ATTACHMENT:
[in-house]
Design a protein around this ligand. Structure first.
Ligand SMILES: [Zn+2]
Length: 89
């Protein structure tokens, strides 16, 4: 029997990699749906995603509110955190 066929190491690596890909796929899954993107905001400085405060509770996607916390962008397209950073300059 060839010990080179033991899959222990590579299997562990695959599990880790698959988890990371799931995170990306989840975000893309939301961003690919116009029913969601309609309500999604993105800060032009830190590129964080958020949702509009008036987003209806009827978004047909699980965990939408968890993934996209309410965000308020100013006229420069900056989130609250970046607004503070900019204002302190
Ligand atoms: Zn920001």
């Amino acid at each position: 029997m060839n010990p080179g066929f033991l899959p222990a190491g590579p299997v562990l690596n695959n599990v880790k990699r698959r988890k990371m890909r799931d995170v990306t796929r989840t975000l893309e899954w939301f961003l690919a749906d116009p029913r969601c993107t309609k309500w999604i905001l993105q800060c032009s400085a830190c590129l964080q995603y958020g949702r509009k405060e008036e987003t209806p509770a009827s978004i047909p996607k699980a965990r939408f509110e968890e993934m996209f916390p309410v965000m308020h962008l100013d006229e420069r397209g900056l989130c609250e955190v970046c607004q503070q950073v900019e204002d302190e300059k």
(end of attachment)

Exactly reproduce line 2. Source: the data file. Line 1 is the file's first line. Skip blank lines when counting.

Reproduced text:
Design a protein around this ligand. Structure first.